Biden’s Biotech Executive Order and 3D Printing

By on October 27th, 2022 in news, Usage

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President Joe Biden tackles biotech [Source: E&E News – Greenwire

Charles R. Goulding and Preeti Sulibhavi look at the implications of new legislation in the US.

On September 12th, 2022, the Biden Administration released Executive Order 14081, Advancing Biotechnology and Biomanufacturing Innovation for a Sustainable, Safe and Secure American Bioeconomy. This executive order is intended to harness the power of biotechnology and biomanufacturing towards innovative healthcare, climate change, energy, food security, agriculture, supply chain, and economic solutions.

3D printed bioink [Source: Futurity]

We have previously covered almost every topic relevant to this new executive order on advancing biotech and biomed fields in the US.

Apium M220 3D printer for manufacturing implants made of PEEK [Source: Apium

One specific 3D printer that is used in the healthcare industry is the Apium M220 printer. It is the world’s first 3D printer designed solely for manufacturing medical products and implants made out of PEEK, which is a polymer known as “polyether ether ketone.” It is colorless, organic, and achieves the best thermoplastic results out of all in that category.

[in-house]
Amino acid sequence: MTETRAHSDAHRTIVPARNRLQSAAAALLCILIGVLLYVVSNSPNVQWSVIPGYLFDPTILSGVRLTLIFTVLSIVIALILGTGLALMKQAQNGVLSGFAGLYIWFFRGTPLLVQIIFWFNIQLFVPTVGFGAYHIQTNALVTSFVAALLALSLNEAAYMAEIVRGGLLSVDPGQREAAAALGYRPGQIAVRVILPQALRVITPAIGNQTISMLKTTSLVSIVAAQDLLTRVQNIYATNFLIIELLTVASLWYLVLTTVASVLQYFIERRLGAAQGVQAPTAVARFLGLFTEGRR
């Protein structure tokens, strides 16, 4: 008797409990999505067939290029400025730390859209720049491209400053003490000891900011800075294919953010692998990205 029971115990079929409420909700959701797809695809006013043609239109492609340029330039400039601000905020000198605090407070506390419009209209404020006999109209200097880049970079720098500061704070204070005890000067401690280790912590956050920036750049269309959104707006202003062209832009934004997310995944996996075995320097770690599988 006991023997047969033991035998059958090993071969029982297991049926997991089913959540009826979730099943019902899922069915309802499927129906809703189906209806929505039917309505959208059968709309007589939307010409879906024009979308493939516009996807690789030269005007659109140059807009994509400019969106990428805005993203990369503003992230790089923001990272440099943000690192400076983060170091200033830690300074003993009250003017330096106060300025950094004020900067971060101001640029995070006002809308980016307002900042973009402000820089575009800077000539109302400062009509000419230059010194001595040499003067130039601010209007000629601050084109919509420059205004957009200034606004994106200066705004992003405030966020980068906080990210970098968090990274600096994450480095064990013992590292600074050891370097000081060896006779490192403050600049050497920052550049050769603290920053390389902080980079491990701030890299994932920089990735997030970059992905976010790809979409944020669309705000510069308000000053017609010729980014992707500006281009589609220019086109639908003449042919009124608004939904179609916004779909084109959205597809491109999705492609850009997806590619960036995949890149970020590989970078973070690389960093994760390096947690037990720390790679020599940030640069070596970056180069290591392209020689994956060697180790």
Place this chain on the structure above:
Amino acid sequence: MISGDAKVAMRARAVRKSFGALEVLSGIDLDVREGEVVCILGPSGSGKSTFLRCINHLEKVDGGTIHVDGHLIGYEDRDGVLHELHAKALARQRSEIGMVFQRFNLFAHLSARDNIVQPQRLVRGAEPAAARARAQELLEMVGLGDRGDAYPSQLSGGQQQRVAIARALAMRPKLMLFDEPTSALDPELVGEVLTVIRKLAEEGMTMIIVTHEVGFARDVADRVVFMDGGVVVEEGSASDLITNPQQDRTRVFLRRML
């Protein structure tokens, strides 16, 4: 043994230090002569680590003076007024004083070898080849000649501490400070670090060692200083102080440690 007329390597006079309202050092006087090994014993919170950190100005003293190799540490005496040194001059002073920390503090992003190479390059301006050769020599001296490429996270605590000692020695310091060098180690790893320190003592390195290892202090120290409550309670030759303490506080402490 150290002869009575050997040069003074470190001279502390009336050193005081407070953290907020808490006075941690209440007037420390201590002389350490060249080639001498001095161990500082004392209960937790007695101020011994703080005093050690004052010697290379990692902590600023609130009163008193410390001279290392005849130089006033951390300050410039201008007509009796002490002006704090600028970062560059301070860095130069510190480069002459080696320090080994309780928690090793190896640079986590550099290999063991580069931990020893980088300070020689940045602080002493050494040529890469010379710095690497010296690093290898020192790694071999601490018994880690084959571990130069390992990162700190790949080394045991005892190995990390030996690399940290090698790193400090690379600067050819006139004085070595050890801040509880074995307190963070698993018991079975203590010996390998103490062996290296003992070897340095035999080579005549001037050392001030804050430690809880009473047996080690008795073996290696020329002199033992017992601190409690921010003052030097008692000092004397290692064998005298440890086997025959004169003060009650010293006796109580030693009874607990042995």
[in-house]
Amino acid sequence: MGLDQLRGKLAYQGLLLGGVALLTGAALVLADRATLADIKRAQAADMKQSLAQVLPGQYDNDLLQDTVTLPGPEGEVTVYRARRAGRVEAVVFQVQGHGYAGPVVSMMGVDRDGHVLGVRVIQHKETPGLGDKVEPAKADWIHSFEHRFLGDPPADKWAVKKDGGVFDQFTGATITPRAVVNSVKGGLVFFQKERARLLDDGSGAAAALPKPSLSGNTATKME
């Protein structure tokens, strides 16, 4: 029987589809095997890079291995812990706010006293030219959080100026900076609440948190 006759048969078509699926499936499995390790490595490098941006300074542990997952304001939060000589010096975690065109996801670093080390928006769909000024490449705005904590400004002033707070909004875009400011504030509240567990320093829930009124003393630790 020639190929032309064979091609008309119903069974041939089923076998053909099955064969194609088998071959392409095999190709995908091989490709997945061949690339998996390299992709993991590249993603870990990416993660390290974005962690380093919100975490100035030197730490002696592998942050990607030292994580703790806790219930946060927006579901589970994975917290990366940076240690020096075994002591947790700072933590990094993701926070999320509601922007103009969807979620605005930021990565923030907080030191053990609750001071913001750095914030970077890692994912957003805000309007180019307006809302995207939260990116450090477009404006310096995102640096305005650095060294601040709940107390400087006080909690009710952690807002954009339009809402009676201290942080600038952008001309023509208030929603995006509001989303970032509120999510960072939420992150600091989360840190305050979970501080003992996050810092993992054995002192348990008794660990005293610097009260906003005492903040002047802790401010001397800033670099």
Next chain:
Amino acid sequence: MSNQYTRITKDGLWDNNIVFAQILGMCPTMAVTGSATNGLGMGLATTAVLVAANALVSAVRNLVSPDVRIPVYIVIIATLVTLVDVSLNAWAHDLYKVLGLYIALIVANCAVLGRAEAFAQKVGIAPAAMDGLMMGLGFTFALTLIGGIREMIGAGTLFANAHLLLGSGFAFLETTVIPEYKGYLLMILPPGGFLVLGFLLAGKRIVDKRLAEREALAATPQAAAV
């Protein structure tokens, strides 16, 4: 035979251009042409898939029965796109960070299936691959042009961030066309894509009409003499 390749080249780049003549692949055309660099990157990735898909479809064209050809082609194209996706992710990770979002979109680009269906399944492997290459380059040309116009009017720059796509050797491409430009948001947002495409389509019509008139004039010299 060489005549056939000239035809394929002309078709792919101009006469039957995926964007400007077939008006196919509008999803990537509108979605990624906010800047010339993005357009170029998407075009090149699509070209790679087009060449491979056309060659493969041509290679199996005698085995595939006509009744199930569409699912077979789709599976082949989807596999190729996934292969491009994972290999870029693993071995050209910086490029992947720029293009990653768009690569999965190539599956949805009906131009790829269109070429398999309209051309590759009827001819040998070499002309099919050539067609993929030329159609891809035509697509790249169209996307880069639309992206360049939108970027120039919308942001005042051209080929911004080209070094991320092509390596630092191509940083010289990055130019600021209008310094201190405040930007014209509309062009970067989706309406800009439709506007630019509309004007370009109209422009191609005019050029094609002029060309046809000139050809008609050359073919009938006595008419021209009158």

Whether it is painting with platelets or 3D printing optical lenses, there is an opportunity for 3D printing to be a part of this initiative. 3D printing can create bioinks that can be a part of skin grafts and regenerative tissue implants to help patients heal faster.

The Research & Development Tax Credit

The now permanent Research and Development (R&D) Tax Credit is available for companies developing new or improved products, processes and/or software. 

3D printing can help boost a company’s R&D Tax Credits. Wages for technical employees creating, testing and revising 3D printed prototypes can be included as a percentage of eligible time spent for the R&D Tax Credit. Similarly, when used as a method of improving a process, time spent integrating 3D printing hardware and software counts as an eligible activity. Lastly, when used for modeling and preproduction, the costs of filaments consumed during the development process may also be recovered.

Whether it is used for creating and testing prototypes or for final production, 3D printing is a great indicator that R&D Credit eligible activities are taking place. Companies implementing this technology at any point should consider taking advantage of R&D Tax Credits.

Conclusion

There is no better time than now to start ramping up the involvement of the 3D printing industry in the biotech and medtech fields. This executive order is a sign of a seismic shift in US manufacturing toward medical technology.

By Charles Goulding

Charles Goulding is the Founder and President of R&D Tax Savers, a New York-based firm dedicated to providing clients with quality R&D tax credits available to them. 3D printing carries business implications for companies working in the industry, for which R&D tax credits may be applicable.

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